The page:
March 11, 2005
The Transportation Security Administration (TSA) has closed Potomac Airfield, one of the so-called DC-3 airports located within the Flight Restricted Zone (FRZ) surrounding Washington, D.C. Tuesday's closure followed repeated violations of the security requirements placed on the airport, the agency said.
"AOPA worked hard to get Potomac and the other DC-3 airports reopened to general aviation with special security requirements after the 9/11 closings, and we want to see GA pilots continue to have access to the capital area," said Andy Cebula, AOPA senior vice president of government and technical affairs. "We've taken a careful look at the circumstances of this closure, and it boils down to the airport manager and the TSA coming to agreement on the way to resolve the issue."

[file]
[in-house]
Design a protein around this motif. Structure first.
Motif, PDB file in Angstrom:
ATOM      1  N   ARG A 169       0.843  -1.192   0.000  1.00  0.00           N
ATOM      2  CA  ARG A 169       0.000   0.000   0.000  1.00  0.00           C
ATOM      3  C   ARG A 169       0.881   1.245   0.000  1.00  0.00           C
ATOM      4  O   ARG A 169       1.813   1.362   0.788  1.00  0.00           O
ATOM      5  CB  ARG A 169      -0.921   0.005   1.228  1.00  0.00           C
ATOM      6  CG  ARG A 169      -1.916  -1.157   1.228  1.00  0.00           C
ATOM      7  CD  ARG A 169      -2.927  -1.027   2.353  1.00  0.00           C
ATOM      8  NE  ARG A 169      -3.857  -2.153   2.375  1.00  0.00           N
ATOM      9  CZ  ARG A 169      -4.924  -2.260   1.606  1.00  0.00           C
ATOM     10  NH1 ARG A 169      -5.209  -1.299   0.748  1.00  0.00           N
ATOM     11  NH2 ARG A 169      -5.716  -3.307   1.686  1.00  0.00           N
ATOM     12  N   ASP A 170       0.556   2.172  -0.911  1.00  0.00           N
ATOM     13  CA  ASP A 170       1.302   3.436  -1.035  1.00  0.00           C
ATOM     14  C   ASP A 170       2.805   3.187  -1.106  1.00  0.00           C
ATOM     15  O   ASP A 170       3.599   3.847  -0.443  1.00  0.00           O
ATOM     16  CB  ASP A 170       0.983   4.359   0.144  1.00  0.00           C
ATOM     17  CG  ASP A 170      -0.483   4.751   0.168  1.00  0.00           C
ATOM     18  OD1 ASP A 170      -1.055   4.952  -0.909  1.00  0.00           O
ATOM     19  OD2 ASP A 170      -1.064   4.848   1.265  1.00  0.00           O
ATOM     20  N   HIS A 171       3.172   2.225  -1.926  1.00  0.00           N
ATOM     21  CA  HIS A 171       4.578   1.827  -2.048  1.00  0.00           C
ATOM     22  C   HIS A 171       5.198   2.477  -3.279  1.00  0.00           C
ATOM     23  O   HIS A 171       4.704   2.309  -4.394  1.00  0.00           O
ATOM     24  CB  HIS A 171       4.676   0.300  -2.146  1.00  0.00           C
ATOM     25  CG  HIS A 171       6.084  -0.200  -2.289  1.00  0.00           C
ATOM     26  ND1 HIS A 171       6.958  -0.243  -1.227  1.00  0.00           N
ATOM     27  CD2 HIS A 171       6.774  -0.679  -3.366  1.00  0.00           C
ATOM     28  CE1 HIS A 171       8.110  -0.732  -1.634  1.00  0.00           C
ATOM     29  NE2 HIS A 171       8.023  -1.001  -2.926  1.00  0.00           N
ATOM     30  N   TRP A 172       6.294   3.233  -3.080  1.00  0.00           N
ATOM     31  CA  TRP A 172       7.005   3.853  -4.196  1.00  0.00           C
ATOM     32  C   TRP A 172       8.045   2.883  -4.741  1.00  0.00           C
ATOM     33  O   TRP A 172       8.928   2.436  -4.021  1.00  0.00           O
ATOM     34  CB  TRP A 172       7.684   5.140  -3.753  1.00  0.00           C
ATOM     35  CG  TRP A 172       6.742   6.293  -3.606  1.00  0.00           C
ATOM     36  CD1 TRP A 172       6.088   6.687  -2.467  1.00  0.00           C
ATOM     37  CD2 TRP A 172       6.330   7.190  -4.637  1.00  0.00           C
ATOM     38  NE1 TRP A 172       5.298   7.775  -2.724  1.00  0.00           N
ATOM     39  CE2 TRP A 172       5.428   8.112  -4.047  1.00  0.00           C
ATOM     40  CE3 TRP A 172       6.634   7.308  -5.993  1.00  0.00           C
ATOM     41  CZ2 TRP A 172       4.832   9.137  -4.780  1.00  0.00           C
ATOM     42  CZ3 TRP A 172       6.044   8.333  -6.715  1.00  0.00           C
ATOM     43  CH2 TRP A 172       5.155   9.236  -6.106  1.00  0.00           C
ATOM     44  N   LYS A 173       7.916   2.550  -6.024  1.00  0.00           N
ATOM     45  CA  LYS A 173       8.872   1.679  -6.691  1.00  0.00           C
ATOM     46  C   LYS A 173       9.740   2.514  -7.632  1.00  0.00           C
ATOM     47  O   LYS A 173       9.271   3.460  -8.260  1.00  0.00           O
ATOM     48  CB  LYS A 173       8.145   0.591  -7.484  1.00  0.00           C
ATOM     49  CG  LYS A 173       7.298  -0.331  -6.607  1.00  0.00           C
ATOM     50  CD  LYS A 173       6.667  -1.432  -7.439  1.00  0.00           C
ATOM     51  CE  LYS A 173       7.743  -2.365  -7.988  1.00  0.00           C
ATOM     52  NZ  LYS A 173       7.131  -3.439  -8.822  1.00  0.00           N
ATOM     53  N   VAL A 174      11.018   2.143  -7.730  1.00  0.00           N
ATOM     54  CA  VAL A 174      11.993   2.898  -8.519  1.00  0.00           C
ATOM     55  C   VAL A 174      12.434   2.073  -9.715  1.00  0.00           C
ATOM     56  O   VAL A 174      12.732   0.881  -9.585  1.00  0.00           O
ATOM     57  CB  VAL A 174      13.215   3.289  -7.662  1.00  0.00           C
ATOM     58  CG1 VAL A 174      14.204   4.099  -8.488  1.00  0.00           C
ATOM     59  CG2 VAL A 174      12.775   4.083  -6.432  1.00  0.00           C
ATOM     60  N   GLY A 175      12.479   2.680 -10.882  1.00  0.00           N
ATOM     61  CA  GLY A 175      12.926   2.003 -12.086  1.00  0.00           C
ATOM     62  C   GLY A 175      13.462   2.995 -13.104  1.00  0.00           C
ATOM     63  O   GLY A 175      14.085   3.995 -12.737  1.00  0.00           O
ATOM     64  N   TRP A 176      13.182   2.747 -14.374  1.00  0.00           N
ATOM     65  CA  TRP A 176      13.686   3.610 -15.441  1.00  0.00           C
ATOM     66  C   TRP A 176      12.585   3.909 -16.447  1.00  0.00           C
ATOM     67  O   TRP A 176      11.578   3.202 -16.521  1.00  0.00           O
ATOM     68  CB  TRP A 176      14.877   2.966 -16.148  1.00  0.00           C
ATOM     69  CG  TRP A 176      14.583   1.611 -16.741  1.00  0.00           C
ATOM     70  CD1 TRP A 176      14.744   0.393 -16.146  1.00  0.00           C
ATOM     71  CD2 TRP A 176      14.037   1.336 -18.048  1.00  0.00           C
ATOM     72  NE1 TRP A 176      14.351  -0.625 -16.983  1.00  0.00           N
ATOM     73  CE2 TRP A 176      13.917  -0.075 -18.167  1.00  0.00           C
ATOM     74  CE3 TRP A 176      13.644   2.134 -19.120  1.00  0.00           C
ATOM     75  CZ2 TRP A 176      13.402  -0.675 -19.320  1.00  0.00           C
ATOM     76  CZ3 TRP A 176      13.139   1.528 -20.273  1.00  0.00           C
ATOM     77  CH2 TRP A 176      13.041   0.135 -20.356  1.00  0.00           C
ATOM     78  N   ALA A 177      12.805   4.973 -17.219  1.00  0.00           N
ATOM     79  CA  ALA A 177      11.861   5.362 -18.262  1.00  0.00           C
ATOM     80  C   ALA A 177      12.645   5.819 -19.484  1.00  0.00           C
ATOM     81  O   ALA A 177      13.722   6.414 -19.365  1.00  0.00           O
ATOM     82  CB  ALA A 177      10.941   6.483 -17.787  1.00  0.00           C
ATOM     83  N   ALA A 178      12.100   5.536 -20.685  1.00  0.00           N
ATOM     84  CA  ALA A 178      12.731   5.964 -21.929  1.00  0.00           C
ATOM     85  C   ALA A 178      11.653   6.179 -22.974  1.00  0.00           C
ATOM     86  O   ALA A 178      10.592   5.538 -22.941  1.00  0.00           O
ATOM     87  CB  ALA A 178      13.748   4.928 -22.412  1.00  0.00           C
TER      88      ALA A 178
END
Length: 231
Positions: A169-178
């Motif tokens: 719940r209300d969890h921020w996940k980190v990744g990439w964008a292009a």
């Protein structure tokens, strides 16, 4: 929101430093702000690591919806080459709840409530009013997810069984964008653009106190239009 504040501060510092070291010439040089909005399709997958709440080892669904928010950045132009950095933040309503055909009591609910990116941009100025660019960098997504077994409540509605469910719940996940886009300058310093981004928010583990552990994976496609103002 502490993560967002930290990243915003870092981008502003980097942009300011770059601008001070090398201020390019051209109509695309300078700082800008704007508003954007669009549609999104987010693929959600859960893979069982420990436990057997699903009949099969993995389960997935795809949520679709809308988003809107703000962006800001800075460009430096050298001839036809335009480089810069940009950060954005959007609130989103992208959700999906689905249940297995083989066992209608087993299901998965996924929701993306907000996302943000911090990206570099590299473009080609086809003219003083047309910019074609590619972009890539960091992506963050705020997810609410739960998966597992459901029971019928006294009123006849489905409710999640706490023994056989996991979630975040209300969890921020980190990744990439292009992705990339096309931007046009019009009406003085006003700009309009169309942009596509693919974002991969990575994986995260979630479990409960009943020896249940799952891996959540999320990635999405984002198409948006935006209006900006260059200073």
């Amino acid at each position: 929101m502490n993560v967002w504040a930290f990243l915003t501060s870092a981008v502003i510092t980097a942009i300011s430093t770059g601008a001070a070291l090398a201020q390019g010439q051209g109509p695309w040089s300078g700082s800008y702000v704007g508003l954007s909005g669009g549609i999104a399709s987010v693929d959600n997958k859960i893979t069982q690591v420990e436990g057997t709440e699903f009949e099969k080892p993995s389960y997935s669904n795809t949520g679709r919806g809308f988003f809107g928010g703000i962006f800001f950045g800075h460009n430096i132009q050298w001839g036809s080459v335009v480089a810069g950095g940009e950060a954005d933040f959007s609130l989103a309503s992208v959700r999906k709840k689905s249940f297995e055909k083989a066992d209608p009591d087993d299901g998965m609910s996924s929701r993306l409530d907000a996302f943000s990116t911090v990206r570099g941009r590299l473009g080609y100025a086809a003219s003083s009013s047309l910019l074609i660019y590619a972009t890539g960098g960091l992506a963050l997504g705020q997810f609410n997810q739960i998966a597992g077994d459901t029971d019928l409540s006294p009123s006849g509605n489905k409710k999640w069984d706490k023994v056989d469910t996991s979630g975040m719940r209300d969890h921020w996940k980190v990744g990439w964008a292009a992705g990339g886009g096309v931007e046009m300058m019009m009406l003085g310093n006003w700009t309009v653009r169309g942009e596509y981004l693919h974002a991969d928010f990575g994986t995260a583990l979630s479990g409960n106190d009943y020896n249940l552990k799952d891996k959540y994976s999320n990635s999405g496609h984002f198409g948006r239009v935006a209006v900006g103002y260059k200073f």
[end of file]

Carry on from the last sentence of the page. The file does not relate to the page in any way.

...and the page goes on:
The airport and pilots operating there are subject to special security rules because of the field's location only 7 miles from the Capitol and within the FRZ. With the immediate closure of the airport, a number of aircraft were stranded.
TSA is working on a plan to allow those aircraft to be relocated while it continues to work with Potomac Airfield management to resolve the problems that led to the closure.
November 3, 2005
The FAA has asked the National Transportation Safety Board to review a judge’s ruling reversing a fine it levied in an unmanned-aircraft case.
The Tucson Soaring Club is trying to grow the sport by training the next generation of glider pilots.
Able Flight has received and $8,000 check from the AOPA Foundation.
AOPA thanks our members for their continued support in protecting the freedom to fly.